Last Greeks of Alexandria struggle to keep their community alive
During the building of modern Egypt, Alexandria was a melting pot. People from the Levant and Europe came together there to form one of the most open cities in the Middle East and North Africa. Among them, the Greeks had carved out a prominent place for themselves, but they now stand at a crossroad, struggling to sustain their community and its legacy.
The establishment of Egypt’s modern Greek community dates to the first half of the 19th century, when Greek immigration escalated due to the economic opportunities available under the government of Mohammed Ali Pasha, especially in trade, a point of interest advanced by the proximity of Greece and Egypt. Although Greeks spread out across Egypt, Alexandria, the nation’s second largest city, was always the core of the community.
Andreas Vafiadis, a member of the board of directors of the Greek Community of Alexandria (EKA), told Al-Monitor, “[In Alexandria], the organizing of the Greek community took place in 1843, [when] some businessmen gathered at the Saint Sava Monastery decided that they had to do something for the Greeks, who had a lot of needs when they arrived to Egypt.” They decided to start with establishing a school and a hospital run by Greeks. A church and a cemetery soon followed.
This well-to-do community and the favorable climate toward it contributed to an increase in the number of Greeks living in the port city until the middle of the 20th century. The most generous estimates have them peaking at 150,000 residents in the early 20th century, making them at the time a large proportion of Alexandria’s total population of 400,000. Today there are fewer than 1,000 Greeks living in the city. The rise of Egyptian nationalism planted the seeds of their decline, inevitably transforming their role in Egyptian society.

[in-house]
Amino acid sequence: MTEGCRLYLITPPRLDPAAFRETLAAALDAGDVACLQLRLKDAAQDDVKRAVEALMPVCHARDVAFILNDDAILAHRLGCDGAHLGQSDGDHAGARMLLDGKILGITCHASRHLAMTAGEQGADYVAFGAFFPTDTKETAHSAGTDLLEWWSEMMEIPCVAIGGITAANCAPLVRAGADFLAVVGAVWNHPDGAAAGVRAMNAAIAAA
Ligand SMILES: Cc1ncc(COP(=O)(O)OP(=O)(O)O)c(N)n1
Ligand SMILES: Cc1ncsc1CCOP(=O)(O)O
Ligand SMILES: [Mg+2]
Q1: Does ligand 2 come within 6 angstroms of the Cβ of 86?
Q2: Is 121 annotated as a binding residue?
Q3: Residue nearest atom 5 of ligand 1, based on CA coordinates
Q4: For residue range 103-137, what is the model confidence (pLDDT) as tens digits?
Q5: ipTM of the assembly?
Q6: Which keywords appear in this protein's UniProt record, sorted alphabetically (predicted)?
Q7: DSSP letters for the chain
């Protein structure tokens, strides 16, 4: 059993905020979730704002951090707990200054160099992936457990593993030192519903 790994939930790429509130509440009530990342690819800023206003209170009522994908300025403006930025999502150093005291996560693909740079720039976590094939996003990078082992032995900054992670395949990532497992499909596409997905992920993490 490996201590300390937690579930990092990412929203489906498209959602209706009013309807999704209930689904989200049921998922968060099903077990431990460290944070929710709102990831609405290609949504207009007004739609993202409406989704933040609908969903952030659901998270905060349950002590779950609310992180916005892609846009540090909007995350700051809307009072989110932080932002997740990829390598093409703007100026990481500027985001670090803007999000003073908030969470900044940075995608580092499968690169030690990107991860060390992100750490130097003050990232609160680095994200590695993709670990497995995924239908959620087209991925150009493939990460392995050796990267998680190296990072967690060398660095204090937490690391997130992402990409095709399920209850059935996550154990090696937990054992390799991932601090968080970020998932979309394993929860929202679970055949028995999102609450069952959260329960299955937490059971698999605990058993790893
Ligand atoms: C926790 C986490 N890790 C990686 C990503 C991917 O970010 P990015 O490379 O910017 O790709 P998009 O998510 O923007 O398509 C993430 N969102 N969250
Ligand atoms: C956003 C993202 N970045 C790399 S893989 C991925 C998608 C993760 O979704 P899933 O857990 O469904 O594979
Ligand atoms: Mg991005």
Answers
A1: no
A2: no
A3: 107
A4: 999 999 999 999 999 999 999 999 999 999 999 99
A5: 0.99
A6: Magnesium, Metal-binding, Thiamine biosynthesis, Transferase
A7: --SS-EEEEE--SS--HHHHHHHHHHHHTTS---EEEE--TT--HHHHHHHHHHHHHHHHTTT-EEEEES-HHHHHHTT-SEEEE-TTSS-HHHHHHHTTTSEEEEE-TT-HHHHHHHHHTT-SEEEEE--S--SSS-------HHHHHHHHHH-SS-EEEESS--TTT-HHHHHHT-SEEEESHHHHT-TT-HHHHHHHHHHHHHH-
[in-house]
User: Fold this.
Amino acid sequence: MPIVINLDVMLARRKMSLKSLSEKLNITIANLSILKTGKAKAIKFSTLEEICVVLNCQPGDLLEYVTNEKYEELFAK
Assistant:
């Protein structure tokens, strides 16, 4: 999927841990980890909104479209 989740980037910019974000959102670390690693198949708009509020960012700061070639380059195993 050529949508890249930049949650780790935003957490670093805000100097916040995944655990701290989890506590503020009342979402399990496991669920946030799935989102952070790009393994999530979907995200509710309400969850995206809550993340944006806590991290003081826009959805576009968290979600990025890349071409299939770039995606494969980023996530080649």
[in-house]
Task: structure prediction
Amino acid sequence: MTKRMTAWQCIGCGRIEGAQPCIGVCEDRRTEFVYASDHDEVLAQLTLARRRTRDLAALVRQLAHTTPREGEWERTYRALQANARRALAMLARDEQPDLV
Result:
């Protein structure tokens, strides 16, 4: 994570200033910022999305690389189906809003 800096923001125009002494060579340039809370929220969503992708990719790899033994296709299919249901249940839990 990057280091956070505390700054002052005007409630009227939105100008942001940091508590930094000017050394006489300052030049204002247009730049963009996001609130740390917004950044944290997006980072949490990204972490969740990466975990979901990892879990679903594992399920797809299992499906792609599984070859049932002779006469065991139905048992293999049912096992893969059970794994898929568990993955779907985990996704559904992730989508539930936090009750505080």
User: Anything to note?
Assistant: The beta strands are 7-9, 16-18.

Alexander Kitroeff, a professor of history at Haverford College and the author of “The Greeks and the Making of Modern Egypt,” spoke to Al-Monitor about Egypt’s early days of semi-independence under King Farouk. Kitroeff explained, “When Egyptian nationalism started to develop in the ’20s and ’30s, and Greeks realized that the privileges that foreigners once had would not always be in place, they developed this narrative of having a special relationship with the Egyptians and being key contributors to Egypt’s modernization.”
The turning point for the community arrived with the 1952 revolution that resulted in the nationalist and socialist regime led by Gamal Abdel Nasser. This changed the rules of the game for Alexandrian Greeks, many of whom saw their businesses nationalized or who lost their jobs, particularly in the public sector. This state of affairs coupled with Greece’s emergence from civil war led many Greeks to head for their homeland.
The sudden departure of Greeks from Alexandria, and a fondness for the cosmopolitan atmosphere that had characterized the city since the end of the 19th-century, resulted in many Greeks idealizing that epoch. For some, the nostalgia remains.
Kitroeff remarked, “Greeks felt much closer to the Egyptians [than other communities, for instance the British or French, did], and through the life and the economy that they developed, they genuinely believed they were contributing to Egypt, but they did it from a position of privilege.”
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